The individual lines are great, and there's no denying Rock has them by the ton. But when you start looking at the show there's very little going on under the surface of those lines. He'll start talking about female American stars like Britney Spears and Lindsay Lohan going off the rails ("you've got Amy Winehouse over here, but at least that girl can sing"), and then he'll pull away and talk about something else before he can engage with the subject properly. Which is weird, because when I've seen videos of his live performances in the past he's delved a lot deeper. There wasn't anything in this show that approached the depth and anger of something like this clip here. But of course, he was working in a normal-sized theatre then.

Maybe that's what stadium comedy means - like stadium rock, any attempt at subtlety will get lost in the acoustics of the Enormodome you're playing, so you need to find other ways to engage the crowd. And Rock played Madison Friggin' Square Garden last New Year's Eve, so he's developed strategies for working in huge places. He never stays still on the stage, prowling from one side to the other pretty much continuously. He doesn't tell any gags that need you to be able to see his facial expression to make them work: the one time he does at this show, it falls flat on its arse, even with big video screens either side of him. And most fascinating of all, he uses a lot of riffs that almost work like music or poetry, using repetition almost to the point of the riffs having a verse/chorus structure. He talks about how in society, "the people who get more shit are allowed to talk more shit," and then goes into a series of identically structured bits comparing the treatment of tall and short, thin and fat, rich and poor people.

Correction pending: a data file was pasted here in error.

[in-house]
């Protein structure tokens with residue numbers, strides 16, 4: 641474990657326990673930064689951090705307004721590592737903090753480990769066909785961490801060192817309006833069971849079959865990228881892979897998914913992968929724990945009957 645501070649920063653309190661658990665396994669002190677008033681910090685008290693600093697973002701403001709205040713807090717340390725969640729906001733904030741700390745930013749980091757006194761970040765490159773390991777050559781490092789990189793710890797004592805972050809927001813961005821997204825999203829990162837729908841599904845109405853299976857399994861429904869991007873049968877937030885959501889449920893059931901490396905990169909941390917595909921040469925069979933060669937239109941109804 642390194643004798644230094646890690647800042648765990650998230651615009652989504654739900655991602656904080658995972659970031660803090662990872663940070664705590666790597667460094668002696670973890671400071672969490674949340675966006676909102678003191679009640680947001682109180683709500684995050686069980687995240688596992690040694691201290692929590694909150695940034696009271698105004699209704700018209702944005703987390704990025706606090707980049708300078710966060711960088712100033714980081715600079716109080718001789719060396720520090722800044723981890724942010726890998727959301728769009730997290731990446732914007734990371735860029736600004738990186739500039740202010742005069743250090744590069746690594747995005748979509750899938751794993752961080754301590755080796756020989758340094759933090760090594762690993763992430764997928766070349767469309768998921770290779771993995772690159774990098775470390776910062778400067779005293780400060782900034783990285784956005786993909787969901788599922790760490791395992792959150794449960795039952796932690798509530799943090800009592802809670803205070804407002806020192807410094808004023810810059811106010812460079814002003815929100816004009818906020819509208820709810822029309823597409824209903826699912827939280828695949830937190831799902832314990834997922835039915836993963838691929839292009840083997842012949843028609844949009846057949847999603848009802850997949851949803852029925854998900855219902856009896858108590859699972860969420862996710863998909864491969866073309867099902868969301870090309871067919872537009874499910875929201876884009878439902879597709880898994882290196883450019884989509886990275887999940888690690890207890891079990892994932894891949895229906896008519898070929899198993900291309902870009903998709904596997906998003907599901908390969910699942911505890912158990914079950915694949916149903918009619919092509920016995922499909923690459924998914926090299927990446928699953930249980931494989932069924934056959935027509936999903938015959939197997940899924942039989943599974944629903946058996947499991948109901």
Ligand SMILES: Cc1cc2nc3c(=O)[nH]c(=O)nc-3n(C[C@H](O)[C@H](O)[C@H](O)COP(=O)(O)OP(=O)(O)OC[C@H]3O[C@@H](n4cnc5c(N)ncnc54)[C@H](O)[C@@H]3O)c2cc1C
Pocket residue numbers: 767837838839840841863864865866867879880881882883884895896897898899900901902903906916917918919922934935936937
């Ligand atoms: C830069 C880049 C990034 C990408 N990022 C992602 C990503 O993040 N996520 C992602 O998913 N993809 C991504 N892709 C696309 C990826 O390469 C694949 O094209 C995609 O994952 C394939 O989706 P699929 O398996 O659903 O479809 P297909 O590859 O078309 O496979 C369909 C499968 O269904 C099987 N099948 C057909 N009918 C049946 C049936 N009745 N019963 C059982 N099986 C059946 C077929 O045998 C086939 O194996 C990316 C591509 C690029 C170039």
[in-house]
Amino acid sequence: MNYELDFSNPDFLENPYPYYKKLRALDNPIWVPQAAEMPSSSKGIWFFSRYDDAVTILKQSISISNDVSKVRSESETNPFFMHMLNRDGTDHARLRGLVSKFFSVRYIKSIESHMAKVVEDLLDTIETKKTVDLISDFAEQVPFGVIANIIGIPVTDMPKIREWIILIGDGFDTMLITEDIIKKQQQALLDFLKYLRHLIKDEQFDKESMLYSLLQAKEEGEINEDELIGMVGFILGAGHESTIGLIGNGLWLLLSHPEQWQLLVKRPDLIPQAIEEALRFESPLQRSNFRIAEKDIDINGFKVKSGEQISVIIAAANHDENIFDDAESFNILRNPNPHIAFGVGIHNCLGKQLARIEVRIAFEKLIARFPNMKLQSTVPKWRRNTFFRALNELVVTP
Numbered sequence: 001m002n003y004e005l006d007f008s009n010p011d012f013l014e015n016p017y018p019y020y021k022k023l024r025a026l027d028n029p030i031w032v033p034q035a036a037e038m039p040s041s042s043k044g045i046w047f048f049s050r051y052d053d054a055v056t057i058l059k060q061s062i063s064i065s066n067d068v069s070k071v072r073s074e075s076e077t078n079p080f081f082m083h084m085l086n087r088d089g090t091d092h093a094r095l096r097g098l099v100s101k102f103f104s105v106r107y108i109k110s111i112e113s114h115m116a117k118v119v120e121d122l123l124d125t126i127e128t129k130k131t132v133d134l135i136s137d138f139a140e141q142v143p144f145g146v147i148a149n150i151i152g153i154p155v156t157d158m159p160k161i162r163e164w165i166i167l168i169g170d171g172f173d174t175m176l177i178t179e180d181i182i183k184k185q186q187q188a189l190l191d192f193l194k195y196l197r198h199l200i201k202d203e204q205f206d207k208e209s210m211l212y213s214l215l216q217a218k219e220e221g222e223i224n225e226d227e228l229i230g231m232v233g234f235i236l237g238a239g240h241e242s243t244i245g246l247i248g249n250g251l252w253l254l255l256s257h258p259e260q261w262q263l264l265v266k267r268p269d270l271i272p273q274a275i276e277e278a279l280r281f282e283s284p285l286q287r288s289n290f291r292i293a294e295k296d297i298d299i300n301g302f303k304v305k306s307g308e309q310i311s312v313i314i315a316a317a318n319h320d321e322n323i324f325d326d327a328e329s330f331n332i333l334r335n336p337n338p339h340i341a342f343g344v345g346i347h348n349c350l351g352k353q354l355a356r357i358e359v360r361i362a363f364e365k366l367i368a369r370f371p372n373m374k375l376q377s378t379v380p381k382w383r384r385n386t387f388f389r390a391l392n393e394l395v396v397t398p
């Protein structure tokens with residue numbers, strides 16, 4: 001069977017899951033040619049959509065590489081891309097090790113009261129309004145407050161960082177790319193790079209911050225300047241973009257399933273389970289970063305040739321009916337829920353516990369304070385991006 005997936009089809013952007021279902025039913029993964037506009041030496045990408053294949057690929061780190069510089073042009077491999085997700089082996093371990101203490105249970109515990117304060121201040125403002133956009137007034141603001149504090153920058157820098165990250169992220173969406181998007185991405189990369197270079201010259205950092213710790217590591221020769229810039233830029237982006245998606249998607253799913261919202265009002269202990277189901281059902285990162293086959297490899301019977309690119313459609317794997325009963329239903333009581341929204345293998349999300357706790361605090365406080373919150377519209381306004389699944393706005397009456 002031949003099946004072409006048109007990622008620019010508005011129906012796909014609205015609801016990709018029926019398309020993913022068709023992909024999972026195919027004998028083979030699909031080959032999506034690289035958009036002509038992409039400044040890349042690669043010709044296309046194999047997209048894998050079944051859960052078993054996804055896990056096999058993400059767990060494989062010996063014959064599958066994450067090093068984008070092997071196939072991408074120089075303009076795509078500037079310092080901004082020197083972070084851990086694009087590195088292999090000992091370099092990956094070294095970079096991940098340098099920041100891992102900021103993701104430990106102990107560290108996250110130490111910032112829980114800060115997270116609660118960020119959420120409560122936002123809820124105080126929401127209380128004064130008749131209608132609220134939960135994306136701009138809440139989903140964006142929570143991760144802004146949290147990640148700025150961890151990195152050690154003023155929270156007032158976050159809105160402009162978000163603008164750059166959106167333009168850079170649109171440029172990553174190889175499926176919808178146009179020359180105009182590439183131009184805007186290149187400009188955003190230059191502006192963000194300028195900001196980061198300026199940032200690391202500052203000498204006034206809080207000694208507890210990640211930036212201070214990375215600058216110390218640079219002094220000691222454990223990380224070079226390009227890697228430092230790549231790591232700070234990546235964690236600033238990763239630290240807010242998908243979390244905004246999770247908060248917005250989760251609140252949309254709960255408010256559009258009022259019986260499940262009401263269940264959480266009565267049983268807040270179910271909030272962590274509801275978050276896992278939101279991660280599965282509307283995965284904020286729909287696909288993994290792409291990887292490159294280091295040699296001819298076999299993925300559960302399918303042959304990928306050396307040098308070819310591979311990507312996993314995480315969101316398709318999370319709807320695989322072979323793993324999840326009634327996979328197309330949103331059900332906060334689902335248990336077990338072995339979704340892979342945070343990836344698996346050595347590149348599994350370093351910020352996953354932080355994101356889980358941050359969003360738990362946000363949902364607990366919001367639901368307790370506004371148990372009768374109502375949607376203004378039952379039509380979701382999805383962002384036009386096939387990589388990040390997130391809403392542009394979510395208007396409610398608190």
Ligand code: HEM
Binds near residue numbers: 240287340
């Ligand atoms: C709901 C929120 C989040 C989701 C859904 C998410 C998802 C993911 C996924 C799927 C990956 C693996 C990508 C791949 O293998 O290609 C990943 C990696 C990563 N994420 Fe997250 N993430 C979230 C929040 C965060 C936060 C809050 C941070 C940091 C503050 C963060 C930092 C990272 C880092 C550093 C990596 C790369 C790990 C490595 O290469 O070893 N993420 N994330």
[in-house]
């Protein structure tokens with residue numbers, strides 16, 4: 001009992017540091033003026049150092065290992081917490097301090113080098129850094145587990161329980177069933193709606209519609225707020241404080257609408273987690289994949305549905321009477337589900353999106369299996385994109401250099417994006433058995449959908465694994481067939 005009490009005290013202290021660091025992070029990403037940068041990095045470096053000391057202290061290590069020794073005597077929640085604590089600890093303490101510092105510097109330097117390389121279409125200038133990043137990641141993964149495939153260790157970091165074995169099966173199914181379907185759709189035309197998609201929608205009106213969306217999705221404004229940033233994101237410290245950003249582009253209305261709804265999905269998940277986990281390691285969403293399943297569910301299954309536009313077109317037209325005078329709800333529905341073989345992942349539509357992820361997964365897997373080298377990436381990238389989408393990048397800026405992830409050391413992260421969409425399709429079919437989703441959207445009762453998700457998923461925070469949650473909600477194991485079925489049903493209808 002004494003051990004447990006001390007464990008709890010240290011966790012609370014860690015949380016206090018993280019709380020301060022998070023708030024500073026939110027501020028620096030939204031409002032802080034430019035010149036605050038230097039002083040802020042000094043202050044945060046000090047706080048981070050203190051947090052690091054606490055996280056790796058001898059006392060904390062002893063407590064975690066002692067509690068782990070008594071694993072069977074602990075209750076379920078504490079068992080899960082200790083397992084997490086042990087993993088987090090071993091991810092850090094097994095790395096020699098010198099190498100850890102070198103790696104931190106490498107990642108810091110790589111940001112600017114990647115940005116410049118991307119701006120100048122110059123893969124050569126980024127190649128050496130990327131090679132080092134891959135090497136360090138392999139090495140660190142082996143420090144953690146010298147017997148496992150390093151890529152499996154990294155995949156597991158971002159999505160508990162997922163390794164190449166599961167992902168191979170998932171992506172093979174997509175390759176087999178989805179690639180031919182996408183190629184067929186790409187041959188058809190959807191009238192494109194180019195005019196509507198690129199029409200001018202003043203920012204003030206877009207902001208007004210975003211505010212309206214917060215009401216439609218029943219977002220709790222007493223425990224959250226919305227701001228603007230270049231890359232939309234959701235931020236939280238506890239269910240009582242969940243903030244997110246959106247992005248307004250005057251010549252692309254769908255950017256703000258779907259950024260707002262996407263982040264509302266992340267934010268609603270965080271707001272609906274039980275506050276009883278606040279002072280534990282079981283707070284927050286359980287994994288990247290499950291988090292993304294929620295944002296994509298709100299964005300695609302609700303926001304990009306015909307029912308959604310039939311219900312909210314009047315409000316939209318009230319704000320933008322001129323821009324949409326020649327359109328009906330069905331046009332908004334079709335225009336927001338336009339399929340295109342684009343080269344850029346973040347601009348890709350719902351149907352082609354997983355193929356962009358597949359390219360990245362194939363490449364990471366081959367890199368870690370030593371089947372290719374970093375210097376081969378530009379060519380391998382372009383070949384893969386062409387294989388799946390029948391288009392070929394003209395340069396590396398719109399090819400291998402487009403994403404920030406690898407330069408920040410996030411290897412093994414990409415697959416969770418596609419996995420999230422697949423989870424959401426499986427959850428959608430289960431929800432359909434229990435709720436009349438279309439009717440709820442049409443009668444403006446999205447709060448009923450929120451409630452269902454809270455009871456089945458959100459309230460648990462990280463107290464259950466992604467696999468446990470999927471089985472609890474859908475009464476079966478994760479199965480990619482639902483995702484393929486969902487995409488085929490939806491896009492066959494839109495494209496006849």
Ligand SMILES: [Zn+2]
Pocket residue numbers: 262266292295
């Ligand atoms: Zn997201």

The music of that structured delivery - which is very different from the delivery you can see in those clips of him playing normal theatres - make it great to listen to. It carries him through the weaker sections of the set, one of which comes unforgivably at the end: a series of men-do-this-while-women-do-this observations which just sound tired when compared with what he's capable of. Mind you, it's also possible that the final section doesn't work because it comes at the end of a one-and-three-quarter-hour set that's all pitched at one level. The only comedy set of comparable length I can think of was Billy Connolly back when he was good. I saw him do two and a half hours straight through at the London Palladium in 1985, and it was beautifully paced: a climax after just over an hour, followed by a more musical, less gag-heavy interlude, and then another build to the big finish. When the whole set is just bang bang bang all the way through, it wears you out a little.

The big surprise of the evening was this: it didn't feel like I was in a room with sixteen thousand other people. Possibly this was because of where I was sitting, where at least fifteen and a half thousand of those people were behind me. I was expecting the energy of a huge crowd to lift this gig up to another level, the way it would at a great rock concert: but it didn't. It was still a damn funny show, but I was expecting the audience to lift the roof off, and it didn't feel like they did to me. Maybe if I'd been further back in the crowd, it would have been a different story? I dunno.

That's a lot of carping over a show that I actually laughed a hell of a lot at: but one of the reasons why I went to see Chris Rock was curiosity about how the intimate art of stand-up comedy works in incredibly large rooms. I think it only really works if you go in realising that it's going to be a different sort of comedy as a result. (Again, rather like a music gig in the same size venue.) Still, Chris Rock now has a UK record audience he can boast about, at least until Lee Evans plays the O2 himself later this year. Evans'll have to break that record without me, though.